Captain's Corner is a family owned and operated restaurant. The restaurant has a nautical atmosphere and a beautiful lake view. A great place for families to dine.
* We fry in 0g. trans-fat oil*
The menu features several Mediterranean (Greek) items. Signature items include the Mediterranean Platter (appetizer) which includes spanakopita (spinach & cheese pastry), dolmathes (rice filled grape leaves), feta cheese, grilled pita bread, gyro meat, hummus and kolamata olives. Try the famous Nero's Gyro. The Captain's Club is a favorite, a classic club served on a fresh whole grain bread.
Dinners include a fantastic 10oz Sirloin, Lake Erie Perch, Sushi Grade Tuna, Grilled Chicken and Penne Pasta. Leave room for our specialty desserts; Big Chocolate Cake (enough for two), Key Lime Pie, Tall Plain Cheesecake or Traditional Bahklava.
Captain's Corner offers a full bar and features John Christ (of Avon Lake) as the House Wine.
Captain's Corner is located downtown at the corner of Lakeshore Dr. & Division St. directly west of Memorial Park. We are just a five minute walk from the Kelleys Island Ferry Boat and a 2 minute walk from the Jet Express Dock.
This building is the oldest retail establishment still standing on the island. It was built in 1850 by George Kelley to combine the functions of a store and post office having its original quarters on the Steam Boat Dock and that of his small home operated canteen. George, son of Irad Kelley, was then living in his uncle Datus' former home, and owned the large 55 acre tract west of Division Street on which this store was built. Here he sold groceries, dry goods, and hardware. The store soon became, in the words of an 1888 guide, "the headquarters for the whole island, rich and poor alike" where they could get their mail, send telegrams, and exchange tails. Because of its popularity as a meeting place, it became known as "The Lodge". Trade and barter were accepted the first 40 years. The Post Office was also located here until 1884, after being formally organized in 1854.
In 1854, William S. Webb exchanged his quarry for the store business with George Kelley retaining ownership of the building. Alfred S. Kelley. second son of Datus Kelley, soon bought out Webb and ran "The Lodge" for many years, being known to his cronies as "the fat man on the corner". He was helped by Jerry Dean, then Eratus Huntington, with the later gradually taking over management by 1880. Eratus in turn, took Titus Hamilton as partner, then in 1899 selling him his share of the business and leaving the island.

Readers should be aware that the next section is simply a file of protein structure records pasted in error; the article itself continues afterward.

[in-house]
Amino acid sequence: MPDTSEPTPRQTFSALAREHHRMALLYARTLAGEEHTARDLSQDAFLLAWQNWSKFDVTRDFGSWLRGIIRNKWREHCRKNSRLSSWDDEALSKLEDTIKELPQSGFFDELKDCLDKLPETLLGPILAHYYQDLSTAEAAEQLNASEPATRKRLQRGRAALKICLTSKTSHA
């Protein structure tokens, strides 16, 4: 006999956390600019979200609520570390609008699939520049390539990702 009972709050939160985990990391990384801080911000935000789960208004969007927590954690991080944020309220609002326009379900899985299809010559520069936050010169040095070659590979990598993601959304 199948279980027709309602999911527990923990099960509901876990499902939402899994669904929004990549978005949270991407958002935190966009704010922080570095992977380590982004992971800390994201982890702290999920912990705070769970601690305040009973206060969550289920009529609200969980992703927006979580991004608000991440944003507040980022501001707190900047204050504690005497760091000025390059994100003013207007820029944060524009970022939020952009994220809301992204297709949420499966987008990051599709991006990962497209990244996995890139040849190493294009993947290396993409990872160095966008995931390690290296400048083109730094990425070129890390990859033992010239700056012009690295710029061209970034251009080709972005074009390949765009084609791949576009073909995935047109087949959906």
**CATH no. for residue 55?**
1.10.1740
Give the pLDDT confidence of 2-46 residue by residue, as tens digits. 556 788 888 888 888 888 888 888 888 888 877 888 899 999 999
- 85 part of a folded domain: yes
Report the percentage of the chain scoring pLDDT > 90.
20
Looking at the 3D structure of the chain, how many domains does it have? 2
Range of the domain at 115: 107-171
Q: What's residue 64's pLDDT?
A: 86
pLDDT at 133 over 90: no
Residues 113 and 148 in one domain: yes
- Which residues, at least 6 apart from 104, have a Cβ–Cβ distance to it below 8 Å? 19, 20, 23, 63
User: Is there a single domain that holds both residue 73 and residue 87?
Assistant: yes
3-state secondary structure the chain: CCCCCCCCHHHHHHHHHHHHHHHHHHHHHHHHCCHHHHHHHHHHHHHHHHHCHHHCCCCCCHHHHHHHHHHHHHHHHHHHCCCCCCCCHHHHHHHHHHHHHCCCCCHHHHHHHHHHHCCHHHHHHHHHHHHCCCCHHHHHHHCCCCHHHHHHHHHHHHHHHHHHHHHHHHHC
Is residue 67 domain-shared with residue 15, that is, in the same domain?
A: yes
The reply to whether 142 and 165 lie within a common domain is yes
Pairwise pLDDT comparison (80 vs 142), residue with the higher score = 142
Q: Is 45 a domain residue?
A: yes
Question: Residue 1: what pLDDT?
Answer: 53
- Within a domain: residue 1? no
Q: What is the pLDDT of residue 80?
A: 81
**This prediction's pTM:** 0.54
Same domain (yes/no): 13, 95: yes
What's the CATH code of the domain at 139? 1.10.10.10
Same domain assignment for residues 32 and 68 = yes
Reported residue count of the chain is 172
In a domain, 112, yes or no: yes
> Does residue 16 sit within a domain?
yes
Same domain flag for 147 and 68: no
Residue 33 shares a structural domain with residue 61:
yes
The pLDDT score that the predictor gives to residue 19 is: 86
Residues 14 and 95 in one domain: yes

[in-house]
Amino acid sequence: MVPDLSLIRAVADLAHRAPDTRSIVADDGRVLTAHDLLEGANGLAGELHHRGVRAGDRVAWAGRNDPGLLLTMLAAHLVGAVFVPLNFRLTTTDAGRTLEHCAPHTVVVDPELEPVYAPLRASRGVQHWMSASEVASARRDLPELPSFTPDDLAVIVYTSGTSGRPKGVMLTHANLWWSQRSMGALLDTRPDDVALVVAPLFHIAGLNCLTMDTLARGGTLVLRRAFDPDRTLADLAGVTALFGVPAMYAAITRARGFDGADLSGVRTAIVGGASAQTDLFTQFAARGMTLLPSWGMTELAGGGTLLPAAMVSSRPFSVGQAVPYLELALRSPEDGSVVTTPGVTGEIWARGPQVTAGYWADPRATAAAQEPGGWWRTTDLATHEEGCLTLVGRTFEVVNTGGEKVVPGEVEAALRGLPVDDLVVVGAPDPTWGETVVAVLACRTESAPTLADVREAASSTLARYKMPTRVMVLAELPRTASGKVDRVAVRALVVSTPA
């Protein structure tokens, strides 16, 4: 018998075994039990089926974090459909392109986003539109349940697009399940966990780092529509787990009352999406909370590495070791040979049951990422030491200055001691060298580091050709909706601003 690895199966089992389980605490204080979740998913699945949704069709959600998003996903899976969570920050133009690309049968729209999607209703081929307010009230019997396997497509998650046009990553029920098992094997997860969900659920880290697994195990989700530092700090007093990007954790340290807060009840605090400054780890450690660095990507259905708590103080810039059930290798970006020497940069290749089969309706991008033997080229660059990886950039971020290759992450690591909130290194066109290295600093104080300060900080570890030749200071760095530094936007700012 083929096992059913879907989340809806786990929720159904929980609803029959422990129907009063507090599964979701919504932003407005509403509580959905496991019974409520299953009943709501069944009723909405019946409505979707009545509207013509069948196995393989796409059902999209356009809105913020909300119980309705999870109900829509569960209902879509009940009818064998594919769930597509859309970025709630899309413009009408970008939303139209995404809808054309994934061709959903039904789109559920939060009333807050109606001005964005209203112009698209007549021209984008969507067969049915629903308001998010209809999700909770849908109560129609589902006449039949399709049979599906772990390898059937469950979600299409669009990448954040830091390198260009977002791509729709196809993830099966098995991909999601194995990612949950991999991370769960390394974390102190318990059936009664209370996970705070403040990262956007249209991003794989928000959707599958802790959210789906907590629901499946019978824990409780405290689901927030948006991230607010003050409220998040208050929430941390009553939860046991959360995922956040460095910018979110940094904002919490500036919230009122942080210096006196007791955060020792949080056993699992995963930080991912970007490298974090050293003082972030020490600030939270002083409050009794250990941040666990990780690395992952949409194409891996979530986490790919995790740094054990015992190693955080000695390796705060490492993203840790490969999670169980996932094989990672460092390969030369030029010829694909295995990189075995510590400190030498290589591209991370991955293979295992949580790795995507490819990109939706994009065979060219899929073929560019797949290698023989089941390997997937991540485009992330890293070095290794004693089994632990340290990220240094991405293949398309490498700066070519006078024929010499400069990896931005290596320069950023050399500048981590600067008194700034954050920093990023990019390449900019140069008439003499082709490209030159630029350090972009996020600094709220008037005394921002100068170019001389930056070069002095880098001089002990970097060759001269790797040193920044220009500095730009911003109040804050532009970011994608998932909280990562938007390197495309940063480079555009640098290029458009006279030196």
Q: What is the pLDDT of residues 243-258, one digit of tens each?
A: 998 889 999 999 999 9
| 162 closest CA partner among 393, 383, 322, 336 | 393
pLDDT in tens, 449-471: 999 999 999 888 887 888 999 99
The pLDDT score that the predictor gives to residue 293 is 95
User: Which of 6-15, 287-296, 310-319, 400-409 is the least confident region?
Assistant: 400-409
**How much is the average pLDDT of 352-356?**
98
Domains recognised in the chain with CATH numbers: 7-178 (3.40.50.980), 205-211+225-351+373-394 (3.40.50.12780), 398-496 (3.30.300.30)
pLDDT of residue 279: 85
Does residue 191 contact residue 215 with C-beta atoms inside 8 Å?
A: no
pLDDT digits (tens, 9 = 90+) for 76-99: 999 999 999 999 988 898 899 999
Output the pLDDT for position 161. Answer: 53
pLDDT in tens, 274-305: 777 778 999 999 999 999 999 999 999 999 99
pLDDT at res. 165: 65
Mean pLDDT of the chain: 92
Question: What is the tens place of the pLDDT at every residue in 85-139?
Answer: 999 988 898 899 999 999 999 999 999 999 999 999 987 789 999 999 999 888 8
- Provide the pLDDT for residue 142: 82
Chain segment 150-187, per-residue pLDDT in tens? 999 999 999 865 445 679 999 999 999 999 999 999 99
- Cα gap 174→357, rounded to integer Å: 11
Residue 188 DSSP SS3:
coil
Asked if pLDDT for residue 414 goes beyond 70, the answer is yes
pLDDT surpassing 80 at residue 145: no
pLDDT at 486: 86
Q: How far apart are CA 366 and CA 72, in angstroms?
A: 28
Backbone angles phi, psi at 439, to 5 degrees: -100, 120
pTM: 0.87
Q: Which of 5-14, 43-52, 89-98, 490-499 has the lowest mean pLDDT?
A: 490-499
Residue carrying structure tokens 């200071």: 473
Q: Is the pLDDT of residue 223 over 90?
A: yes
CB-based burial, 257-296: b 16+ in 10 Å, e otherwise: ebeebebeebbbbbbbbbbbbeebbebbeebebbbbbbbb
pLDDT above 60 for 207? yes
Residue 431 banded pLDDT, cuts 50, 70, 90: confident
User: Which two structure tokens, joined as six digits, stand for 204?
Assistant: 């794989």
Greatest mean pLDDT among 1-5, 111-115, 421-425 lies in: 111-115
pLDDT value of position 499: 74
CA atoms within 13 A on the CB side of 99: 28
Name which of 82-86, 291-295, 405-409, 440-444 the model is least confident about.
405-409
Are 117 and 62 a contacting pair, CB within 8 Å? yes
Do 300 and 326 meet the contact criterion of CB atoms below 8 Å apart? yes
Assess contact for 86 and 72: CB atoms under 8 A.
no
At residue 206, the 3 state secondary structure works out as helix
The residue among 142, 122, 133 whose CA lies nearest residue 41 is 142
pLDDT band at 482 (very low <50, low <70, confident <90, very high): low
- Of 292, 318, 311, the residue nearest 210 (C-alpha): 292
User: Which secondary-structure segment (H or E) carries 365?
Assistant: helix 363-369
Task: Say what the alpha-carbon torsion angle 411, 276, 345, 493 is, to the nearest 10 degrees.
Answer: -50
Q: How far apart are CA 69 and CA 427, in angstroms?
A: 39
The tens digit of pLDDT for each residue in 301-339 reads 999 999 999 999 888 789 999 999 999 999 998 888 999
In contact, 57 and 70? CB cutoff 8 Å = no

John Reinheimer succeeded Hamilton in 1904. By this time two other stores, The General Store, and Elfer's Store were competing for the island business with more modern facilities, and trade at the Lodge had fallen off. By the time the business was bought by Patrick Murphy and brother in 1915, stock was limited, and by 1927 when the building was acquired by Joseph Matso, it was put to another use.
Up until this time the building remained in the hands of the George Kelley family. Some time before 1874 a warehouse, boot and shoe repair store, and meat market were all built along Division Street by the Kelleys with a contiguous roof line from the north wall of the Lodge. However, the dates and order in which they were built is not known. The Lodge itself remained essentially the same for the first 30 years. Then in 1885, at the same time that August Scheadler was building his new general store on Division Street, Henry Kelley, son of George Kelley, made extensive repairs and improvements, adding a new front, raising the ceiling, installing new shelving, and enlarging the office. In 1890 Titus Hamilton next added a new arcaded porch to match that of the new Post Office building being erected next door..
When the building was purchased by Joseph Matso, he converted it to a confectionery, later using it as a real estate office, and briefly as a barber shop. Finally, after prohibition in 1932, he acquired a liquor license and operated it as a bar. Mr. Matso had come to the island in 1916 to work in the quarry, but receiving a severe leg injury there he bought this new source of livelihood. His son, Russell, operated the bar for some time before he sold it and it became the Water Street Cafe and the Winking Lizard. It has been sold again and is now operating as the Captain's Corner.
Source: "The National Register Inventory for Kelley Island" by Kevin and Betty Pape